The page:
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Child mental health research: so what?

The Evidence Based Practice Unit (EBPU) and Child Outcomes Research Consortium (CORC) have joined forces to produce an innovative new seminar series, aiming to bridge the gap between evidence and practice in child mental health.


EBPU and CORC share a vision for all children and young people’s wellbeing support to be informed by real-world evidence so that every child thrives. However, translating the evidence into practice can be challenging for researchers and practitioners. This series will ask "so what does this mean for policy and practice?" in response to current research findings and project outcomes.

Prof. Miranda Wolpert, Director of both EBPU and CORC, said:

“There is a fabled 17 year gap between research findings and their impact on practice! This series seeks to shorten this gap by bringing together researchers and practitioners to explore implications of research findings hot off the press....”

The first seminar kicks off on 4th October with “So what?”: Attitudes towards measuring outcomes in child and adolescent mental health services, which will explore findings from a recent study into practitioners’ attitudes to the use of outcome measures with young people. While there has been a recent drive towards measuring children and young peoples’ mental health outcomes, the seminar will interactively discuss what this evidence tells us about practitioner views of using outcome measures, and whether we need more. Two of the authors, Evelyn and Vinita, will provide unique perspectives on the research from practitioner and researcher points of view by discussing their involvement in the study, the impact it has had on their work, and why they chose a qualitative methodology for this project.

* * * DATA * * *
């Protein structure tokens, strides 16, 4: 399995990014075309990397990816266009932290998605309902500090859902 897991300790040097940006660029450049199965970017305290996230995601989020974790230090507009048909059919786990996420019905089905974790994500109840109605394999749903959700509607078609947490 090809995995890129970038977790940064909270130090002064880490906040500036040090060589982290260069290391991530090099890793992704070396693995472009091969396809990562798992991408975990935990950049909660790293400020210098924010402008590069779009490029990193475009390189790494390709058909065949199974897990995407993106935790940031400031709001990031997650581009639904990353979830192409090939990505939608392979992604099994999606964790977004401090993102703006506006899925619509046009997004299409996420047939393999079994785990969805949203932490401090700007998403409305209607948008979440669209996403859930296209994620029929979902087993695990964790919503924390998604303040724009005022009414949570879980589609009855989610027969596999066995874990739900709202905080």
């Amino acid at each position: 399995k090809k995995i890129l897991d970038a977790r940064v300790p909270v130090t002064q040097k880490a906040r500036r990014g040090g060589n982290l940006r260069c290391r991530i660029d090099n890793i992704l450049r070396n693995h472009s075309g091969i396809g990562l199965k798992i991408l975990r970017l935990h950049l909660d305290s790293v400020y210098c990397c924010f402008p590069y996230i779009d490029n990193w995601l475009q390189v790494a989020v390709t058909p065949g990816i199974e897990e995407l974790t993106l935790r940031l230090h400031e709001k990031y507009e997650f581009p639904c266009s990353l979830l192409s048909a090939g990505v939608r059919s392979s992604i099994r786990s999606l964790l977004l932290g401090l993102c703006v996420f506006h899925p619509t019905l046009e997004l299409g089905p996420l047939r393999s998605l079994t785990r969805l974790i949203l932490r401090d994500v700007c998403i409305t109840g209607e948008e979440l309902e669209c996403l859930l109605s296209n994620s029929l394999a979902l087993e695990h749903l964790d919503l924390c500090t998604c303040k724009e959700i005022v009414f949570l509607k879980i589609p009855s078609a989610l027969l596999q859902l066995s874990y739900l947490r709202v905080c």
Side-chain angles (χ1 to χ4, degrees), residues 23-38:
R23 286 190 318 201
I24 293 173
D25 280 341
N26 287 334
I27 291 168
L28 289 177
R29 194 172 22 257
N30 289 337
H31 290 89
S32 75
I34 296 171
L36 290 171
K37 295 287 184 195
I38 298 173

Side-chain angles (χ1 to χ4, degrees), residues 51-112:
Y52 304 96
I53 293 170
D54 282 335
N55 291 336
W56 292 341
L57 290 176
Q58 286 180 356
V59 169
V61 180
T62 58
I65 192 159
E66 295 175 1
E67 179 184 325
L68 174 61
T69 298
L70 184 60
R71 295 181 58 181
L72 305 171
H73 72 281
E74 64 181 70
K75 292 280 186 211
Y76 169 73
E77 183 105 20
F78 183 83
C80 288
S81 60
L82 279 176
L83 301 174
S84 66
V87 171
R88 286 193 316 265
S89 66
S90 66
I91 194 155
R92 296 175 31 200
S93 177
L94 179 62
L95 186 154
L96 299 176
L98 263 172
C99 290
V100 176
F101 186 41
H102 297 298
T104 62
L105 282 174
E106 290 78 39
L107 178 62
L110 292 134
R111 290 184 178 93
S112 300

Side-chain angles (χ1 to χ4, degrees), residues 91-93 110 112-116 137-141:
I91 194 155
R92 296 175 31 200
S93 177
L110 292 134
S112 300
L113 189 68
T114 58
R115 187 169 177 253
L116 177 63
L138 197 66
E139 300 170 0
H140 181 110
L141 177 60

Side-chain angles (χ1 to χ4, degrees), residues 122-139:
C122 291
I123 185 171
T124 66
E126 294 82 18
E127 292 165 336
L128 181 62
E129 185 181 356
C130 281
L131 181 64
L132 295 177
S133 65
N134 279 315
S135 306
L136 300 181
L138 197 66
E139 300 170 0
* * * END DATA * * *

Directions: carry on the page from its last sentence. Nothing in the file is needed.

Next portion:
Both EBPU and CORC work rigorously to improve children and young people’s mental health and wellbeing. EBPU, a collaboration between UCL and Anna Freud National Centre for Children and Families, conducts research, develops tools, provides trainings, evaluates interventions and disseminates evidence, while CORC is the UK’s leading membership organisation that collects and uses outcome evidence.